12. Lovely image and I must agree with Alexxx about getting polarfinder. It's a brilliant little addition, free, and always on my toolbar. The NEQ6 is quite a heavy bit of kit but something that you could do is try to get excellent polar alignment, mark the ground where the legs are and make a shallow indentation on the marks. I still have to do a slight adjustment each time but only very minor. What processing system are you using?
  13. Thanks Glappkaeft, I thought about doing a collimation check thinking that it was really difficult and needing special, (very expensive!!!), tools. After reading about it on various forums I had a go and found that what you've said was exactly correct and it was fairly easy to rectify. Just waiting for a clear night to see what the difference is. Yes, your also right in that it's a continual battle against anything that can go wrong as it's certain that the thing that's forgotten will creep up and bite yer bum!!!
  14. Thanks Tinker, Yes, it takes a 2" filter as well. Getting it for Christmas!!!!
  15. Hi, I have a canon 40D attached to my Skywatcher 200p with a T2-EOS adaptor ring. I would like to fit a light filter AND a coma corrector. Is this possible. The light filters that clip inside cameras seem like a brilliant idea but they're sooo expensive compared to the skywatcher ones. The hole inside the T2-EOS is about 1.35 inches across and is threaded. Anybody know why? Kind regards, P.
  16. Just an update, I've adjusted the motor so that the cogs are more tightly meshed and dropped the counterweights a little on the bar. The difference is quite noticeable. Many thanks again for all of your advice. P.
  17. Thanks everybody, my viewing area is severely limited, north east to south east and about 30 deg to perpendicular with a small area towards the west. This is due to atrocious light pollution and nearby buildings. Lordy D4N, your eyesight is far better than mine, I hadn't noticed those. The balance and backlash sounds interesting Olly. I'll give it a stripdown and see if things improve. Thanks again and Jack, that image of Pleiades is first class.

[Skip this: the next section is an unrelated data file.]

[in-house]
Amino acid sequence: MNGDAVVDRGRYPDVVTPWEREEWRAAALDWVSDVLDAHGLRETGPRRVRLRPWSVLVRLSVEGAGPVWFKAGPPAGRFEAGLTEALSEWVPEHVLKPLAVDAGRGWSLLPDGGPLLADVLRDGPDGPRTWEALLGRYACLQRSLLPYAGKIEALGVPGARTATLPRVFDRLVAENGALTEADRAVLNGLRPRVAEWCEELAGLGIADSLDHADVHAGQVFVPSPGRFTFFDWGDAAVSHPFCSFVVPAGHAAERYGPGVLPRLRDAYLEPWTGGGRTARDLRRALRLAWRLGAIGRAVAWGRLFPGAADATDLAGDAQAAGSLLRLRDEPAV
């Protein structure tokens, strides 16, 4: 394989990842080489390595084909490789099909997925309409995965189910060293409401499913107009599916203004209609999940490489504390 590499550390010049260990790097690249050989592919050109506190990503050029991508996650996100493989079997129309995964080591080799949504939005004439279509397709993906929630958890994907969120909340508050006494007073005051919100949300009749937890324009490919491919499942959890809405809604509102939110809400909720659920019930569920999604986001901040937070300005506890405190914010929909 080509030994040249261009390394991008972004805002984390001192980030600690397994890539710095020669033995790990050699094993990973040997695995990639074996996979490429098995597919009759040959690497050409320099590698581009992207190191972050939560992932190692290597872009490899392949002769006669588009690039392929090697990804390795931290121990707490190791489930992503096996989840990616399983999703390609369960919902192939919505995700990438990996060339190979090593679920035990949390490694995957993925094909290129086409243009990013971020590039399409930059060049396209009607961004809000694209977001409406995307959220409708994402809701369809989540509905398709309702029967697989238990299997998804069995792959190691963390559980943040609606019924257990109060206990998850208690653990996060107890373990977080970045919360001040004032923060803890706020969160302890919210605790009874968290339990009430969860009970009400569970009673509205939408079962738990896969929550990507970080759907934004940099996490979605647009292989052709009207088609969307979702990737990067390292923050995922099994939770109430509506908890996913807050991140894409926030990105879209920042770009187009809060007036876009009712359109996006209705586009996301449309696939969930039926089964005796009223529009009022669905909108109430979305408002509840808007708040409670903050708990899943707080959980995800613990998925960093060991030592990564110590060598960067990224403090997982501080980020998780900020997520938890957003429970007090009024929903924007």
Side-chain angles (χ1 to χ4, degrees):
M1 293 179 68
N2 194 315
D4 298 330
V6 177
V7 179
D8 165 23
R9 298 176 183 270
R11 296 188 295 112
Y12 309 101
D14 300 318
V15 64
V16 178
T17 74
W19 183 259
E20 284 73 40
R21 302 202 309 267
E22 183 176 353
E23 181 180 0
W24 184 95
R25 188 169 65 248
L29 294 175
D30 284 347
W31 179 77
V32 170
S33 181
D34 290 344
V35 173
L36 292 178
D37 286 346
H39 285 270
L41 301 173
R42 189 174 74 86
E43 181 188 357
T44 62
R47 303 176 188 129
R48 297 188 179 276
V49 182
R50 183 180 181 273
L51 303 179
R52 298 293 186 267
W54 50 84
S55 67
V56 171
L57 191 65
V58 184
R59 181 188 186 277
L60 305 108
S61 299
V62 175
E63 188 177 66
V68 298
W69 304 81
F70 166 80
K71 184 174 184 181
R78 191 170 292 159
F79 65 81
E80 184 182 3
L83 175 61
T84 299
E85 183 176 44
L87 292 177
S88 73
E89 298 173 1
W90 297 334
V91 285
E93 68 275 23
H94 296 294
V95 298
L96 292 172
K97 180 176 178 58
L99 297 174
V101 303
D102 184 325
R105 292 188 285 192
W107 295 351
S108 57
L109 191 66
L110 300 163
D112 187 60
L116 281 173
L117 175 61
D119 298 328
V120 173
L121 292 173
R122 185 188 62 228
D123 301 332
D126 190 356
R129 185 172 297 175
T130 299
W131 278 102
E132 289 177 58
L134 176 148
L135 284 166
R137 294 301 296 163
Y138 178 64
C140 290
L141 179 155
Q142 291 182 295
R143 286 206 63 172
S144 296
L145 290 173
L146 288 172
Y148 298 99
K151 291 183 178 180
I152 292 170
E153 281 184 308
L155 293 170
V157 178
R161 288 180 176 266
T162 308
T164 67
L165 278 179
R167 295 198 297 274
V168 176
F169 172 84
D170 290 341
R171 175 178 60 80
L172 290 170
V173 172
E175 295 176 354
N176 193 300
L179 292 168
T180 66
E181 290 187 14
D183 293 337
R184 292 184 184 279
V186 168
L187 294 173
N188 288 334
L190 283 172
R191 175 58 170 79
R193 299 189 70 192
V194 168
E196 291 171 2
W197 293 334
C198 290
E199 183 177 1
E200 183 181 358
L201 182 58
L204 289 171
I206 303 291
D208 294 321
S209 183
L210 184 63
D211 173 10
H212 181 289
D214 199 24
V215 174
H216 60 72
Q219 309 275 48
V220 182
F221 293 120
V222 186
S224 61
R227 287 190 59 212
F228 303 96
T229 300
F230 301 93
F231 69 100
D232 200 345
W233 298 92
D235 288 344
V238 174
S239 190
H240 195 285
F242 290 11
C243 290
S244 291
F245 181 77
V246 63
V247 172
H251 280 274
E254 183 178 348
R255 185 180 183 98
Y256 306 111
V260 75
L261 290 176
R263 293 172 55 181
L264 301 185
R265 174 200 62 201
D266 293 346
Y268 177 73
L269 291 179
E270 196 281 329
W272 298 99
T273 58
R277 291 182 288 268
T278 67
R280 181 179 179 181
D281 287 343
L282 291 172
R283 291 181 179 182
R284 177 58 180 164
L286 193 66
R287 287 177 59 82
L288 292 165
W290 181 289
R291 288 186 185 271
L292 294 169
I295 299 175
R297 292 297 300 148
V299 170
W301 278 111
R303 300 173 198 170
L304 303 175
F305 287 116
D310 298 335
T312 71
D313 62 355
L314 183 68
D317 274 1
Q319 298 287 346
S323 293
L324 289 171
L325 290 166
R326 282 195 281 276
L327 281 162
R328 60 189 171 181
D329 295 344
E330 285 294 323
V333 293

18. Can't think of anything knocking the mount. Maybe the motor could be a bit jerky, really difficult to tell. Guess I'll have to live with it. Thanks again. P.
  19. Yes, I'd love to have a guided scope, problem with dosh!!! I'll try loadsa 30 - 60 secs exposures and see how things work out. It's odd that up until a couple of weeks ago I was able to take lots of 4 or 5 minute exposures with no problems, Bodes and cigar, whirlpool, pinwheel, even Leo triplet. It's a hobby that throws up strange problems, with a steep learning curve and a hungry appetite for knowledge. Thanks folks. P.
  20. Thanks guys, looking a little closer, the 'trailing' seems to be between 3.00 and 12.00, if you see what I mean. If it's a periodic issue how can it be resolved? P.
  21. Hi, lately I seem to be getting what seem to be very small star trails when imaging with a Canon 40D on a Skywatcher Explorer 200. Have a look at the attachments, they're 120 secs, 102, and 90, all at ISO 800. My EQ5 has a motor drive with Right Ascension, polar alignment is spot on, the images have a 10 second delay between each exposure plus a 10 second delay after shutter opening for mirror lockup. After taking these shots I changed the camera for a 7mm eyepiece and centred on Vega. After watching half of Bake off, went back and Vega was still centred. I'm absolutely baffled as the longer the exposure the longer the trailing but not really too long and the central object doesn't seem to be affected. Any comments will be gratefully received. Kind regards. P.
  22. Many thanks, I'll drop him a line. P,
  23. Hi, just wondering if anybody uses the Apt programme that came with Sky at night magazine some time ago. I can't seem to get the mirror lock up to work with a fairly typical 20x2 minute exposure plan or any sort of plan come to that. Does anybody know how it works. I've got it "enabled" on the camera, (canon 40D), and the actual exposures work just fine. Maybe mirror lockup isn't so important with exposures of 2 minutes or more. Any help or advise is more than welcome. Many thanks. P
  24. Thanks again guys, also, with so much condensation around lately, viewing is just starting to deteriorate. P.
  25. Thanks guys, Have to be really careful................................ P.